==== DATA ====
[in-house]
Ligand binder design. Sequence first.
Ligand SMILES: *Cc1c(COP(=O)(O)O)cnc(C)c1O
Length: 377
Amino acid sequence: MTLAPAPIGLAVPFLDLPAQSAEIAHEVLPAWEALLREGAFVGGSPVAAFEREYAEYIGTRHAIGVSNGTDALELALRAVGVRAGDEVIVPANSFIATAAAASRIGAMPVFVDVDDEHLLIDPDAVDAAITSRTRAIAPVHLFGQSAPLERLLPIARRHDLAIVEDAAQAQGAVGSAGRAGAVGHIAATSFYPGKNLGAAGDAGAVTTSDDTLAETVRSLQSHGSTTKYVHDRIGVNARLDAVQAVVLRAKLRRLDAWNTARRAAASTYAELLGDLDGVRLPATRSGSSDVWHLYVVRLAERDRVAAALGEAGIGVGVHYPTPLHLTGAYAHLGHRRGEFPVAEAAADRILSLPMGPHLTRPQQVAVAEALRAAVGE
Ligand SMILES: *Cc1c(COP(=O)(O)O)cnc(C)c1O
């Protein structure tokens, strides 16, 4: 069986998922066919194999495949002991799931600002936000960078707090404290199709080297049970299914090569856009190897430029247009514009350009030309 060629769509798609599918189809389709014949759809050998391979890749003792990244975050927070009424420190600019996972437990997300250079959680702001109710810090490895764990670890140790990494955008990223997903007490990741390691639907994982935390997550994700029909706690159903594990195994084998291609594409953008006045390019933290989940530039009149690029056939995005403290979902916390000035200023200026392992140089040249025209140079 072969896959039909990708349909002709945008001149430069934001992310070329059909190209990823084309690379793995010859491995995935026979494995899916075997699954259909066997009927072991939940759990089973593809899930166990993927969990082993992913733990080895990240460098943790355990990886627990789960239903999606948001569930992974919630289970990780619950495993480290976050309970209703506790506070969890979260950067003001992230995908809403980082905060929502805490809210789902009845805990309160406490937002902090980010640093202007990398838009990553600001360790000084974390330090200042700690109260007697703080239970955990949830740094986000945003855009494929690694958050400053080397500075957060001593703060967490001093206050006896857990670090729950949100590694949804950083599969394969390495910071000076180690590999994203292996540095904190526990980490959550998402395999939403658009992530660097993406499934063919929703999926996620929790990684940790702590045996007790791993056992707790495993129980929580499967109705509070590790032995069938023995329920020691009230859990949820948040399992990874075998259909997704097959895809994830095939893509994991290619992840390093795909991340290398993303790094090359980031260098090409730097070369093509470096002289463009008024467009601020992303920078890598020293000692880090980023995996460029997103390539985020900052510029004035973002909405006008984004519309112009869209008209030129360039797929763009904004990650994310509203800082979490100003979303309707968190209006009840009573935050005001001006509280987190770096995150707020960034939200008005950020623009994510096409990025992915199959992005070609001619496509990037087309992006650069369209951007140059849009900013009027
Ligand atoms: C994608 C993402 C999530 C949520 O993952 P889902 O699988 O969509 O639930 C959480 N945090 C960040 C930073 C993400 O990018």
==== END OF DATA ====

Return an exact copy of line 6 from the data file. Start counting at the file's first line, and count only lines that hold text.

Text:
Ligand SMILES: *Cc1c(COP(=O)(O)O)cnc(C)c1O